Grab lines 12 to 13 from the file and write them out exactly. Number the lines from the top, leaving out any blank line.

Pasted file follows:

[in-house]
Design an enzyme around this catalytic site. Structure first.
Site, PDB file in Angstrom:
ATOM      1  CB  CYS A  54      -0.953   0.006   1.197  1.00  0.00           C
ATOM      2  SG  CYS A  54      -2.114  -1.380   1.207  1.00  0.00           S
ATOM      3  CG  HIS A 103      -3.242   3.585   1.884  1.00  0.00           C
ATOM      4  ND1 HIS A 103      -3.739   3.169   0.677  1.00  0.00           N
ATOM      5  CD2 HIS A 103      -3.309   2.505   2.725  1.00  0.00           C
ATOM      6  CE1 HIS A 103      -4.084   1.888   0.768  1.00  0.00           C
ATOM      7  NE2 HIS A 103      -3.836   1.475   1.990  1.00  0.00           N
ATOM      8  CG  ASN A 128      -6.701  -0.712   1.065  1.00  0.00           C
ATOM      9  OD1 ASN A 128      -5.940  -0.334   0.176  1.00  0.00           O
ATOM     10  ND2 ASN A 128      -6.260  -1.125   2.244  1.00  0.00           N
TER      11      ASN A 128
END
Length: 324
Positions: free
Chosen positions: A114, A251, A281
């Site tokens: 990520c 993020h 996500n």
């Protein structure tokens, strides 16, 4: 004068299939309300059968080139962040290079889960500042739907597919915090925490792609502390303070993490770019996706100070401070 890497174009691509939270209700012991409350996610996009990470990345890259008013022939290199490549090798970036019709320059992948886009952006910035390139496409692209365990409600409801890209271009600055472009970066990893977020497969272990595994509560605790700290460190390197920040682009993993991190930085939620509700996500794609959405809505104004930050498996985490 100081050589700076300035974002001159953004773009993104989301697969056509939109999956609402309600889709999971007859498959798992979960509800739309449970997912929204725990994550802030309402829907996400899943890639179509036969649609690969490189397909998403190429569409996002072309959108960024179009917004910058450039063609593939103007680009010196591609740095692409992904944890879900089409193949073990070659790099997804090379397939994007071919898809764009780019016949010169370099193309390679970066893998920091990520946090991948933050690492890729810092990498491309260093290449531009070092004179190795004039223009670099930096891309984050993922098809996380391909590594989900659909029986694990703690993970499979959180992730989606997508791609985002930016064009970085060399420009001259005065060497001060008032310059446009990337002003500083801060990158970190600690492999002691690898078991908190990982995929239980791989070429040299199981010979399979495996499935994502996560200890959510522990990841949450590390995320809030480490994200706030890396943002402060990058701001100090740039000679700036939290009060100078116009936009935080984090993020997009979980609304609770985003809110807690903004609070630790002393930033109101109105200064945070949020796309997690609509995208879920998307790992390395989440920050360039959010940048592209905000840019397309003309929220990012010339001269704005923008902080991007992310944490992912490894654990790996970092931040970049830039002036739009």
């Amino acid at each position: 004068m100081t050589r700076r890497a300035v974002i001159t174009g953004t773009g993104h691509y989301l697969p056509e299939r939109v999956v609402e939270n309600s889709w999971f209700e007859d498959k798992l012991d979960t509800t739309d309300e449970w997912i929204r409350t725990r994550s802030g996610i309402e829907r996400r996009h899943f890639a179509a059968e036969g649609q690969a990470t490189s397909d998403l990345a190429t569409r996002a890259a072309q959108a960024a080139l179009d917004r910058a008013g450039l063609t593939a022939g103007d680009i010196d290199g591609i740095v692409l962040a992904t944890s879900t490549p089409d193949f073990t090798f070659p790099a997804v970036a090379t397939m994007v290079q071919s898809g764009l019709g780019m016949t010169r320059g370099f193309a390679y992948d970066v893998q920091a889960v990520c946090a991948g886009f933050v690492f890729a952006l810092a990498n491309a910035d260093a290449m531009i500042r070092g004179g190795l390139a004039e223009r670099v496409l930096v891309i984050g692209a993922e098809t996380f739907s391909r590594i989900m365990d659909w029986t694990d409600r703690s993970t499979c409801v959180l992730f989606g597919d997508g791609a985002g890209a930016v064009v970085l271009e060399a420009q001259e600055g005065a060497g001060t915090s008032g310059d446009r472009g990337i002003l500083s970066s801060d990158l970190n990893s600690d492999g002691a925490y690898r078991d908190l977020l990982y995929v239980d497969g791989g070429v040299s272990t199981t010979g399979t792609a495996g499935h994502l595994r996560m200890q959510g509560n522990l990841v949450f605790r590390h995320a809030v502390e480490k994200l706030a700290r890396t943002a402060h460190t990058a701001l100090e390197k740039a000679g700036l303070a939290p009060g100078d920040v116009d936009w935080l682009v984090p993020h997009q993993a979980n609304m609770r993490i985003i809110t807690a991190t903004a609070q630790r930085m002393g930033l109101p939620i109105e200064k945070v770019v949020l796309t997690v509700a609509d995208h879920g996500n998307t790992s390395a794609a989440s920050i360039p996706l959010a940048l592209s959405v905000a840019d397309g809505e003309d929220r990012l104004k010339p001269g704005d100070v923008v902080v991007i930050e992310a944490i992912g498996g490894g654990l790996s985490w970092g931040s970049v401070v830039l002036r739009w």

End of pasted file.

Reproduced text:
ATOM      9  OD1 ASN A 128      -5.940  -0.334   0.176  1.00  0.00           O
ATOM     10  ND2 ASN A 128      -6.260  -1.125   2.244  1.00  0.00           N